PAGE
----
A WSJ reporter was apparently able to download "nearly 77,000 of Kickstarter's most recent projects and drafts, dating back to mid-March, before Kickstarter plugged the security hole around 1:40pm Eastern on Friday [May 11]."
Kickstarter cofounder Yancey Strickler admitted to the security snafu in a May 13 blog post, explaining that the bug was rolled out when the site launched its API (the application programming interface through which software shares its data) and was live until its discovery and patch on May 11. In those few weeks, the bug exposed "the project description, goal, duration, rewards, video, image, location, category, and user name for unlaunched projects," wrote Strickler.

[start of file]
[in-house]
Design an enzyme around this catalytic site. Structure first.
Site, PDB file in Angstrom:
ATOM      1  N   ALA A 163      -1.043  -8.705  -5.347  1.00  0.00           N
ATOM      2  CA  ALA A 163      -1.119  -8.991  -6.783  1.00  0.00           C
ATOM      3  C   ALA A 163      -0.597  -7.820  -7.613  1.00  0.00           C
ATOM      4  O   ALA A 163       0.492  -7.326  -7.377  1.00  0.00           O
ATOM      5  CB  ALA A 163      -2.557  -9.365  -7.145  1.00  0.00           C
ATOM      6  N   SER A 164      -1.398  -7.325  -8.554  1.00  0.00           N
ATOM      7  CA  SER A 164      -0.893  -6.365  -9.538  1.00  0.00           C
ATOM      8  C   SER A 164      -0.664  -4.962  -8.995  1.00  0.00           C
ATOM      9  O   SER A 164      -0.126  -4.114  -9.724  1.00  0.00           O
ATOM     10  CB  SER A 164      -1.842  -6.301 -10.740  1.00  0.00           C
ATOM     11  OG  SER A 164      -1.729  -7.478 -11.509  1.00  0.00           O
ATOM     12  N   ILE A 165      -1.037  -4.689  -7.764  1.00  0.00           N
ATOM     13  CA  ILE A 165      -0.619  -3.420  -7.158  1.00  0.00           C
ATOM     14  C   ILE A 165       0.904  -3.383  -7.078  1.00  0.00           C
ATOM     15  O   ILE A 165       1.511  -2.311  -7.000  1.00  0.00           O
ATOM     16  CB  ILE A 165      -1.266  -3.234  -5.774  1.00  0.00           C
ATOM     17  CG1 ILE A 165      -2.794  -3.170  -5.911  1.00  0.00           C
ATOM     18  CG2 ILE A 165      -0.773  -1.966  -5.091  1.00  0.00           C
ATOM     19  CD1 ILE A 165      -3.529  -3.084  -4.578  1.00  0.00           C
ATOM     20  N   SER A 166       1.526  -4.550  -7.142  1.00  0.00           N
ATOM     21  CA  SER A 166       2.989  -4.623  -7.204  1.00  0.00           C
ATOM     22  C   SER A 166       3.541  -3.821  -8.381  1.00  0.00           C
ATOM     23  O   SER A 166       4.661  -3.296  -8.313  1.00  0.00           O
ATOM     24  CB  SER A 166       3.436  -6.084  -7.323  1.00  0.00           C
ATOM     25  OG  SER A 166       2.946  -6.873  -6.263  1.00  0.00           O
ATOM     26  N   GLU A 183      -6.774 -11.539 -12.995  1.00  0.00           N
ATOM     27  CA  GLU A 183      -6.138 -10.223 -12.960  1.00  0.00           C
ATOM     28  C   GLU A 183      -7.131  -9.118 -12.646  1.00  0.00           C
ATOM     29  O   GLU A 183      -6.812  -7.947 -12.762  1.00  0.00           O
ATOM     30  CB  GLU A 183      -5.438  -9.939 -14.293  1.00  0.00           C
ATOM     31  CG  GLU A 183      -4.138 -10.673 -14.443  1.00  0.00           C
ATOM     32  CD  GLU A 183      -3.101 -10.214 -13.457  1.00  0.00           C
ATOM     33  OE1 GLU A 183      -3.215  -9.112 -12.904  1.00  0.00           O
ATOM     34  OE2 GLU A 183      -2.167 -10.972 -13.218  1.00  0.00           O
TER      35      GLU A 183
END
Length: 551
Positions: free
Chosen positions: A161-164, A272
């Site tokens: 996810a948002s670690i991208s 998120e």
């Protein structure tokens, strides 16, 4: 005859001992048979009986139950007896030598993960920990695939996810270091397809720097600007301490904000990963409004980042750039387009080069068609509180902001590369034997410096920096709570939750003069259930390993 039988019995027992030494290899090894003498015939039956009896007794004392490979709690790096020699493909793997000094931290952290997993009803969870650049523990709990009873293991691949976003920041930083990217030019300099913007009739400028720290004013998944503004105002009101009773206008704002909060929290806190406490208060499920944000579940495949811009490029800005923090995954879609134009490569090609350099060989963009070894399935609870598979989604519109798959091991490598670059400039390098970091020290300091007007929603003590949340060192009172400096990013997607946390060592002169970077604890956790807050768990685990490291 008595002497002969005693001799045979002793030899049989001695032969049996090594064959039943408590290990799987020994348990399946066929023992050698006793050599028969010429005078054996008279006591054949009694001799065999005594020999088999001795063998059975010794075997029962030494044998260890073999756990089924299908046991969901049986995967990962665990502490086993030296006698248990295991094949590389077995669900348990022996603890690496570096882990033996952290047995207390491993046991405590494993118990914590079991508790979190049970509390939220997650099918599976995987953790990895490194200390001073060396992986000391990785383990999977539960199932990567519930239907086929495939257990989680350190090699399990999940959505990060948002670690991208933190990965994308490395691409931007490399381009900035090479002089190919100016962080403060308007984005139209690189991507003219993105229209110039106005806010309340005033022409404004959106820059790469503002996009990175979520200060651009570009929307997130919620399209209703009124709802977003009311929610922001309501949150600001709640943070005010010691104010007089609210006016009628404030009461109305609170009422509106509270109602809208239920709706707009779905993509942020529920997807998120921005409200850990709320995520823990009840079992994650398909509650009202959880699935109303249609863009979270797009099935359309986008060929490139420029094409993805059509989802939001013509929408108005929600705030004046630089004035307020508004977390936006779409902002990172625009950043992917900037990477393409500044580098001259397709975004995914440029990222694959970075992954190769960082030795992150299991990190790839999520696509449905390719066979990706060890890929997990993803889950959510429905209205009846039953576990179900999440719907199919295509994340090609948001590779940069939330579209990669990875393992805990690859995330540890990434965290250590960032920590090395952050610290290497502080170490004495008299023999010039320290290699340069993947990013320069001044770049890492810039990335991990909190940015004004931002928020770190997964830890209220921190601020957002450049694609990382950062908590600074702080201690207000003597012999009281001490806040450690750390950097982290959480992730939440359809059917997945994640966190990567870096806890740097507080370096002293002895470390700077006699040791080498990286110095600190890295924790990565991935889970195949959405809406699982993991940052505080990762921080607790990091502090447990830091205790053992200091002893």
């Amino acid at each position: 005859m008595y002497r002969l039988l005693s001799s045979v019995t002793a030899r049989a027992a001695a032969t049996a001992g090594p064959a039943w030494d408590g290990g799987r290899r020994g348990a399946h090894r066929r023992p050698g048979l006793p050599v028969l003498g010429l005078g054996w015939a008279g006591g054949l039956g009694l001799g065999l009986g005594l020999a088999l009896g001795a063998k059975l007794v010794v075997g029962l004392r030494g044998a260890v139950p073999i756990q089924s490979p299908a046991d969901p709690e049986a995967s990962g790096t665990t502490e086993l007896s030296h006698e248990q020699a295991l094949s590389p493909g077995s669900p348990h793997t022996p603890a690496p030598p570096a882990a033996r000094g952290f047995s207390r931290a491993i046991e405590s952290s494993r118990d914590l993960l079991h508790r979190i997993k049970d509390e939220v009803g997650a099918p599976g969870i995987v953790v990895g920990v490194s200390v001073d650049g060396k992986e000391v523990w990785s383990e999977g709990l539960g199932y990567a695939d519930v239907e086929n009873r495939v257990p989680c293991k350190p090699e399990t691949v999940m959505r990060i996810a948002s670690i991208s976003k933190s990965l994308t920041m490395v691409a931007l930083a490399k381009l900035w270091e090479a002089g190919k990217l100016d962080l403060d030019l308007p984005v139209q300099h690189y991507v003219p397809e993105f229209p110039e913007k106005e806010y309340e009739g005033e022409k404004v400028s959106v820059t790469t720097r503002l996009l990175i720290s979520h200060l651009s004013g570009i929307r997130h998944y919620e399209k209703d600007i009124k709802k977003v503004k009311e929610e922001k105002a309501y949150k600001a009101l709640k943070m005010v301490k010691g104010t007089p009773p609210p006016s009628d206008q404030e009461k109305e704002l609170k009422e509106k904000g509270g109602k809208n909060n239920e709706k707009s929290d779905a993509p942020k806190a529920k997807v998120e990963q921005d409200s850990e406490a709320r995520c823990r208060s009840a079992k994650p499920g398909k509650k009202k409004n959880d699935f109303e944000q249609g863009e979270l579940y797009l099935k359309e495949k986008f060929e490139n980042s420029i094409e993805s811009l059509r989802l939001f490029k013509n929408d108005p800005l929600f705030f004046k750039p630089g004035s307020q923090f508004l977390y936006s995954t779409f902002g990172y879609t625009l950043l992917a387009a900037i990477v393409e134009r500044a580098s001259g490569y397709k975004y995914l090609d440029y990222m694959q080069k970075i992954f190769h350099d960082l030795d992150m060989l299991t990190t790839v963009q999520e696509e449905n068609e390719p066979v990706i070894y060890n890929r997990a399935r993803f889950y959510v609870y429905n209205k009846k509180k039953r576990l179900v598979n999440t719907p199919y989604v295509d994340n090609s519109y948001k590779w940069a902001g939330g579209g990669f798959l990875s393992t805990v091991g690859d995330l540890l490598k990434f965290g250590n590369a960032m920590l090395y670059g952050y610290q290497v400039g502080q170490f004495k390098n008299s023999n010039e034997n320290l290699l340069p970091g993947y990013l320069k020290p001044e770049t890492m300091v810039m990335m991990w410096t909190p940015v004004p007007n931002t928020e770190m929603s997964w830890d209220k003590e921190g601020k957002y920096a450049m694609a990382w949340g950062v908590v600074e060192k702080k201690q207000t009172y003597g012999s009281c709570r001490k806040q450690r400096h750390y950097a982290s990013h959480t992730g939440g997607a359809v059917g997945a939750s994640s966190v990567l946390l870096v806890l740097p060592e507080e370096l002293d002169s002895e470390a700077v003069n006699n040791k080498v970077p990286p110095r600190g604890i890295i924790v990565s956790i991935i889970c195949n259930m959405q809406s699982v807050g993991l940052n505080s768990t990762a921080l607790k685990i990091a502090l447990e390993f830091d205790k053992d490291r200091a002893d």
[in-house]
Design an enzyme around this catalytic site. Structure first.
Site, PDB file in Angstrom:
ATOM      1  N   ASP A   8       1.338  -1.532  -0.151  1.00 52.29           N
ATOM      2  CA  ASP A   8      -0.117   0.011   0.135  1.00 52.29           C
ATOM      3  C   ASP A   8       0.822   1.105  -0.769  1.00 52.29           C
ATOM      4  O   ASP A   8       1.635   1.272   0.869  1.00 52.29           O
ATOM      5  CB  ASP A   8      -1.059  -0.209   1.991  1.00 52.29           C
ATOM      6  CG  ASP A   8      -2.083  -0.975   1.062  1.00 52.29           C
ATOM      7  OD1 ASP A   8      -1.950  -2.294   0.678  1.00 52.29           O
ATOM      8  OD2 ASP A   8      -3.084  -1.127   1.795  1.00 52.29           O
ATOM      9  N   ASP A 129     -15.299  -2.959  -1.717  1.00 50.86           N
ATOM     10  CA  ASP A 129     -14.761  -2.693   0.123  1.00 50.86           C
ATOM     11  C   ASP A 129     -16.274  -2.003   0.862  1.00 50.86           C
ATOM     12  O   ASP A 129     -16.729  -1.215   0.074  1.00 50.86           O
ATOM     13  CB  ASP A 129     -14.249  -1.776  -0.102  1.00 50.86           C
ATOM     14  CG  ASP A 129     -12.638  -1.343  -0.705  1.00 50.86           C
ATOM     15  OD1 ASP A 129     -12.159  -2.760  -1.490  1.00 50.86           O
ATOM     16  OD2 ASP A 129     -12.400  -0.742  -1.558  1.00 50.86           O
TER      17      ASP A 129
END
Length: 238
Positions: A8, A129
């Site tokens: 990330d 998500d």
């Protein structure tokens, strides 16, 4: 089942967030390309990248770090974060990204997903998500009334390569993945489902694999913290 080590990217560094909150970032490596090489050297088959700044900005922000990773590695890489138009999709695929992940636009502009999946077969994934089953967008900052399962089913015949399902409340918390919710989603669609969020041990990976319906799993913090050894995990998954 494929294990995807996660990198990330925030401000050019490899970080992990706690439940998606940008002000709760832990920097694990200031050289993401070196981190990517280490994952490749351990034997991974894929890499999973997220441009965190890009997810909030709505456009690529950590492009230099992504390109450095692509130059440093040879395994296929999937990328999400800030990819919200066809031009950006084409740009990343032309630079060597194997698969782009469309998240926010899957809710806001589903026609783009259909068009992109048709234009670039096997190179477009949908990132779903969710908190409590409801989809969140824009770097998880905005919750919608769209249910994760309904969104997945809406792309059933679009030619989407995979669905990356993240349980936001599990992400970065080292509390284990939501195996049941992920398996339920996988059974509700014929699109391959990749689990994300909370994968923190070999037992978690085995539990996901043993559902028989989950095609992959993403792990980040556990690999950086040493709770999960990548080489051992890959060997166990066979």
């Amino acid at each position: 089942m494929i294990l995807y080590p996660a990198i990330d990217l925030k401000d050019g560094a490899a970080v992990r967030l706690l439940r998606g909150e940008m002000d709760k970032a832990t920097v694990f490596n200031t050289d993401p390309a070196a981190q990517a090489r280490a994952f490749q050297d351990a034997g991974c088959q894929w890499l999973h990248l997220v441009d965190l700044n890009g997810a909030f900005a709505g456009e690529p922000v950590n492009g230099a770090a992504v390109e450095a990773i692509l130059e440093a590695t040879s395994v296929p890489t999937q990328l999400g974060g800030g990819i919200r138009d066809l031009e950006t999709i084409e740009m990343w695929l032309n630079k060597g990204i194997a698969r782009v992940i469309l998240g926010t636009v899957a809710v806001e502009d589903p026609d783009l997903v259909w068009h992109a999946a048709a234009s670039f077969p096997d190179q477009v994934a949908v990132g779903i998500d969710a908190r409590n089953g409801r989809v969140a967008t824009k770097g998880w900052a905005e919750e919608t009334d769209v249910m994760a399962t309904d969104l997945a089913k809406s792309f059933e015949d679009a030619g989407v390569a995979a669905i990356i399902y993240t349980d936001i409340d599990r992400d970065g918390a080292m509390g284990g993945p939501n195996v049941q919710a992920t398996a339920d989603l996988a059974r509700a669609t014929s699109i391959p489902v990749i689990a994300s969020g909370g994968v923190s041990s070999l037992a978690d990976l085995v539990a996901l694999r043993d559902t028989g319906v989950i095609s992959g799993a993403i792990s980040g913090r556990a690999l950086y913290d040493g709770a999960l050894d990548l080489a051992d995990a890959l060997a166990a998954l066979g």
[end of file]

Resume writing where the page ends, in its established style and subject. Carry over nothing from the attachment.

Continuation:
"No account or financial data was made accessible," Strickler also said in the blog post.
As Mashable points out, Kickstarter believes that only 48 projects were accessed beyond those that The Wall Street Journal was able to collect; however, Strickler made sure to emphasize the importance of Kickstarter user data to the company, writing,
Obviously our users' data is incredibly important to us. Even though limited information was made accessible through this bug, it is completely unacceptable. We want to underline once again that zero account or financial information was at any time made accessible by this bug.